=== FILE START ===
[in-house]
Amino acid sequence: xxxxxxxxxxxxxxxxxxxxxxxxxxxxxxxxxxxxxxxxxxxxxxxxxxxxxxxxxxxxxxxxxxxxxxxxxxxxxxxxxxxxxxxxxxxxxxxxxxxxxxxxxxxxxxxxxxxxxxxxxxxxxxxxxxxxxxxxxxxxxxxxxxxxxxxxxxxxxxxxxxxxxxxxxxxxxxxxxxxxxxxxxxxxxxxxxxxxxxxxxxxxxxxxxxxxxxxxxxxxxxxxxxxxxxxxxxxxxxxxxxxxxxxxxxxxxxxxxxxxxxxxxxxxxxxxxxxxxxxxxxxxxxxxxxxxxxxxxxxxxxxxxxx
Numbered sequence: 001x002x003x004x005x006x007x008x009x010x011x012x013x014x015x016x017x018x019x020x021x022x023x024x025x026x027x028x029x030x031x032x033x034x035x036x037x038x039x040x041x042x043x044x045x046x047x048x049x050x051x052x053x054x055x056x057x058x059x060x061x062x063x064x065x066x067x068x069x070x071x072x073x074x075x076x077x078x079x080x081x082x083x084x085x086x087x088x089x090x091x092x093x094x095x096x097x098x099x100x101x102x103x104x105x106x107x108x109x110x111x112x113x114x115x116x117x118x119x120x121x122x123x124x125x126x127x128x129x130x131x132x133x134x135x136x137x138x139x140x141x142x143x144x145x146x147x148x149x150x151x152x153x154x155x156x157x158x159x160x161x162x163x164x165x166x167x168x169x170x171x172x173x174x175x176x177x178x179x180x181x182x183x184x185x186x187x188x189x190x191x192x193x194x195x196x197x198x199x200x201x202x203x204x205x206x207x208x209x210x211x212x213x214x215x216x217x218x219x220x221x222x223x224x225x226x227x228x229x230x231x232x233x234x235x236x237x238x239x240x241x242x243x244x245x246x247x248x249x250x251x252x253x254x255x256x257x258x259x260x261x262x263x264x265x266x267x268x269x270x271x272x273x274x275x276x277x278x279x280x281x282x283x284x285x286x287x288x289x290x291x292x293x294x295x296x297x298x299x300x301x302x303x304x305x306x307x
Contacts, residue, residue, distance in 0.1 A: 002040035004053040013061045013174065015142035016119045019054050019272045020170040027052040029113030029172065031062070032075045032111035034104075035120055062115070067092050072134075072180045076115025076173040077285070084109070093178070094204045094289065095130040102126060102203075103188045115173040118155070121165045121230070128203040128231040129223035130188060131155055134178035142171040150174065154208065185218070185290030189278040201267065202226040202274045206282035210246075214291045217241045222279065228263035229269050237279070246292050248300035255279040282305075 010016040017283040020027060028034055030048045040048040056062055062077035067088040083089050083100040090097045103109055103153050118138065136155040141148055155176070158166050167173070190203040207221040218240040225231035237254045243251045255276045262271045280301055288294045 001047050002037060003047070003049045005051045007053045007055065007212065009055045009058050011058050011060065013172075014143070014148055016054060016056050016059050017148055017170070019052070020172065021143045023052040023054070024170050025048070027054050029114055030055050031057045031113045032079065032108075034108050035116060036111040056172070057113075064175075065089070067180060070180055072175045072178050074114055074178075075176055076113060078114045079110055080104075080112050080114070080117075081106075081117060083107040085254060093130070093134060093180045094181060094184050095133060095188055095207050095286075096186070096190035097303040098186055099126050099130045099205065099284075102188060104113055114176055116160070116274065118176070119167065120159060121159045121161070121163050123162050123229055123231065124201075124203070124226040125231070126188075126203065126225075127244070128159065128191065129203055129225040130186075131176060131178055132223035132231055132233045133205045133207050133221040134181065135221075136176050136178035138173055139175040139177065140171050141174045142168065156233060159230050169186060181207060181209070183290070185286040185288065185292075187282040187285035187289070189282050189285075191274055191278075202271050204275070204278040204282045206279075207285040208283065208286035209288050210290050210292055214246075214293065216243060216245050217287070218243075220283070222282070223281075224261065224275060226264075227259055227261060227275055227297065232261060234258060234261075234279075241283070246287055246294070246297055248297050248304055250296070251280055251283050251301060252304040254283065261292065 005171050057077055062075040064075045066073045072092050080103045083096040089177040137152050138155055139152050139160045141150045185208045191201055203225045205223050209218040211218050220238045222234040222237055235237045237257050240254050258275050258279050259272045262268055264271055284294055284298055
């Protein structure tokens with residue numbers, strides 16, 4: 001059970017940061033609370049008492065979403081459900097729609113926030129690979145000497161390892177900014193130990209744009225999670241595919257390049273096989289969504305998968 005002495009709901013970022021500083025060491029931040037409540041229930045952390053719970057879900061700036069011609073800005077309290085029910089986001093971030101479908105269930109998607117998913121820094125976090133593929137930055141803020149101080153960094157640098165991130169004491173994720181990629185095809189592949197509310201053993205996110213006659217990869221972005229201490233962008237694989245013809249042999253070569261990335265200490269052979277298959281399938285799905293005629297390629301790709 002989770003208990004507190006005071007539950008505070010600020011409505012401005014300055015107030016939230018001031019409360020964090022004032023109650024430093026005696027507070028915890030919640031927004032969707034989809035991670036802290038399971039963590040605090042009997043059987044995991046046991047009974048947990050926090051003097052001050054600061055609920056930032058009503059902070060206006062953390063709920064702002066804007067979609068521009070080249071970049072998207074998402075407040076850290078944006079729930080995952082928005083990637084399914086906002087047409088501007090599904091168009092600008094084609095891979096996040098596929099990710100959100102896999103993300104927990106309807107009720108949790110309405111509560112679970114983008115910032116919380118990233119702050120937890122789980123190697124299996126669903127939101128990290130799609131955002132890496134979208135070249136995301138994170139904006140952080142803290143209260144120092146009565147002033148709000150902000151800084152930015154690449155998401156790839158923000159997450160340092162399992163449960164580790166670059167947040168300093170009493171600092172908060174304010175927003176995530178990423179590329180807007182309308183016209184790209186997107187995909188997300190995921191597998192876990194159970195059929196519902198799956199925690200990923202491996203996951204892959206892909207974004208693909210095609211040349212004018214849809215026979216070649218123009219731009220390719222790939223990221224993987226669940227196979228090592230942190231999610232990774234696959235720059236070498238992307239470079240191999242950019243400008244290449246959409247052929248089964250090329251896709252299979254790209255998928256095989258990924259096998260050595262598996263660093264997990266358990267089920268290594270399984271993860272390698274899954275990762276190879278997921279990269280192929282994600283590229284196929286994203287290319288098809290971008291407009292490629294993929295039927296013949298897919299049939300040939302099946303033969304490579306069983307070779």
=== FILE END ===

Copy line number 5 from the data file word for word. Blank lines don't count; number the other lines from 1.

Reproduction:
């Protein structure tokens with residue numbers, strides 16, 4: 001059970017940061033609370049008492065979403081459900097729609113926030129690979145000497161390892177900014193130990209744009225999670241595919257390049273096989289969504305998968 005002495009709901013970022021500083025060491029931040037409540041229930045952390053719970057879900061700036069011609073800005077309290085029910089986001093971030101479908105269930109998607117998913121820094125976090133593929137930055141803020149101080153960094157640098165991130169004491173994720181990629185095809189592949197509310201053993205996110213006659217990869221972005229201490233962008237694989245013809249042999253070569261990335265200490269052979277298959281399938285799905293005629297390629301790709 002989770003208990004507190006005071007539950008505070010600020011409505012401005014300055015107030016939230018001031019409360020964090022004032023109650024430093026005696027507070028915890030919640031927004032969707034989809035991670036802290038399971039963590040605090042009997043059987044995991046046991047009974048947990050926090051003097052001050054600061055609920056930032058009503059902070060206006062953390063709920064702002066804007067979609068521009070080249071970049072998207074998402075407040076850290078944006079729930080995952082928005083990637084399914086906002087047409088501007090599904091168009092600008094084609095891979096996040098596929099990710100959100102896999103993300104927990106309807107009720108949790110309405111509560112679970114983008115910032116919380118990233119702050120937890122789980123190697124299996126669903127939101128990290130799609131955002132890496134979208135070249136995301138994170139904006140952080142803290143209260144120092146009565147002033148709000150902000151800084152930015154690449155998401156790839158923000159997450160340092162399992163449960164580790166670059167947040168300093170009493171600092172908060174304010175927003176995530178990423179590329180807007182309308183016209184790209186997107187995909188997300190995921191597998192876990194159970195059929196519902198799956199925690200990923202491996203996951204892959206892909207974004208693909210095609211040349212004018214849809215026979216070649218123009219731009220390719222790939223990221224993987226669940227196979228090592230942190231999610232990774234696959235720059236070498238992307239470079240191999242950019243400008244290449246959409247052929248089964250090329251896709252299979254790209255998928256095989258990924259096998260050595262598996263660093264997990266358990267089920268290594270399984271993860272390698274899954275990762276190879278997921279990269280192929282994600283590229284196929286994203287290319288098809290971008291407009292490629294993929295039927296013949298897919299049939300040939302099946303033969304490579306069983307070779």